Friday, January 22, 2010

Photos to the Web

I'm always amazed how many photos I find on the Web, of friends, family or myself, that none of us knew were there. Because things on the Web, in particular, photos, can last forever, forgetfulness is one of the big new themes in the privacy debate, particularly in Europe. There's lots of discussion about how to re-introduce a human concept of memory/forgetfulness/evanescence into a technical world of computers and websites and the Internet. I'll be joining a conference on this theme next week in Brussels.

I also joined a French government-sponsored conference on this theme recently in Paris. At the conference, much was said about the risks to people to having their photos posted online, without their knowledge or consent. With some sense of irony, I noticed a bunch of photos of me were published from that conference without my knowledge or consent, like the one here, in the online photo album of the Minister, no less,...I don't mind, and I would have happily consented, but it does make an interesting point, and I re-posted it to this blog, but that was my choice. If thoughtful people sitting in a conference about the problems of posting photos online are taking photos of people at the conference and posting them online, all without their knowledge or consent, well, maybe the sociology of online photo-sharing has developed beyond the state of the debate.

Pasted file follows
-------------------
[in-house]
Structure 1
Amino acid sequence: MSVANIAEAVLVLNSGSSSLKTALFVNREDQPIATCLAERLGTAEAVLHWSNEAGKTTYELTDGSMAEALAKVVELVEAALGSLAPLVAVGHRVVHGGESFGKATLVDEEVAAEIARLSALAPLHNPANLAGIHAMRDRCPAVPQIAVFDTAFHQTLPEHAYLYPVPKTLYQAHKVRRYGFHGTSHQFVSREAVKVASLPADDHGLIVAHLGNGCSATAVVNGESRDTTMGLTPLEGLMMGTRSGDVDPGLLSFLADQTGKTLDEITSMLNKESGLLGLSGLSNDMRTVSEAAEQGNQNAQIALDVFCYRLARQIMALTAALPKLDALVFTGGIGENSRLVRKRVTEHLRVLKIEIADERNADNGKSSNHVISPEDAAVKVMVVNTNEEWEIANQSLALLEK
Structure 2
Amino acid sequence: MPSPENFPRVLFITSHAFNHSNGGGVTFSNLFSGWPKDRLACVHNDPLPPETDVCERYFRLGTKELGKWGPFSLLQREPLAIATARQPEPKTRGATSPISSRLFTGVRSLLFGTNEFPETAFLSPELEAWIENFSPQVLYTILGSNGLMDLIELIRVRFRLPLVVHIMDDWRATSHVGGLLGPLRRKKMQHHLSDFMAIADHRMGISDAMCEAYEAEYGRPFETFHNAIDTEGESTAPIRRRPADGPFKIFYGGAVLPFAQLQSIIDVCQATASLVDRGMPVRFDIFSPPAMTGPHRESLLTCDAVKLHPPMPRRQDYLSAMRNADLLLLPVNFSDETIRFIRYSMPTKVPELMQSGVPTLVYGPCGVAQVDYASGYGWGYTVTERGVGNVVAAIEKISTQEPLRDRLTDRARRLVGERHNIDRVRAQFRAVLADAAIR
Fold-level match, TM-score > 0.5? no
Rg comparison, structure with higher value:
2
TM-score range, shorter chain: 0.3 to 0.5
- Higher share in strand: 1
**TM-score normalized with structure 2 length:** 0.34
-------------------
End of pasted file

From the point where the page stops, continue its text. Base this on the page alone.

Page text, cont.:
1 comment:

Tommy Vandepitte said...

Hi Peter,

I agree on the point you are trying to make.
The breach of "privacy" (or more precise personal data protection legislation) is a difficult issue. But in my opinion not mainly because your photograph is on the internet, but because it stays on the internet.
The mere fact that you are being photographed is an element of our time that Brandeis already brought up. It no longer takes hours to develop one picture taken with a large, stable instrument. Everybody can take your picture at any time since cameras are built in in most cell phones. However, when you are in a public place such as a seminar, it is likely if not customary that picture are taken by the organiser to enhance their website, ... So in my opinion, if you want to keep "control" over your "image" in such situation, you should take steps yourself. Go to the lady at the time she is taking the picture and ask her not to take picture or not to distribute them. Or, if you find out later on, ask her to remove them from the website. I think you actually have the right to ask (and even claim) that unless e.g. you are a celebrity who has to reset his standards a little, but not to the extent that he no longer has "a space of quiet and/or intimacy".

The issue in most cases will be the right to "oblivion". The www is loaded with bits and bites. In itself it does not remove things. With what should the www (or the service providers) begin? The criterion of selection is very delicate as there may be some type of censoring or discrimination. Oldest messages first (>< what about valuable old texts)? Messages that are least read (>< what about low volume languages)? Messages that have not been updated for a while (>< what if the text is copyrighted and therefore can not be altered)? etc. Though choices... I can have a favorite set of criteria, but you may prefer another.

Food for thought :-)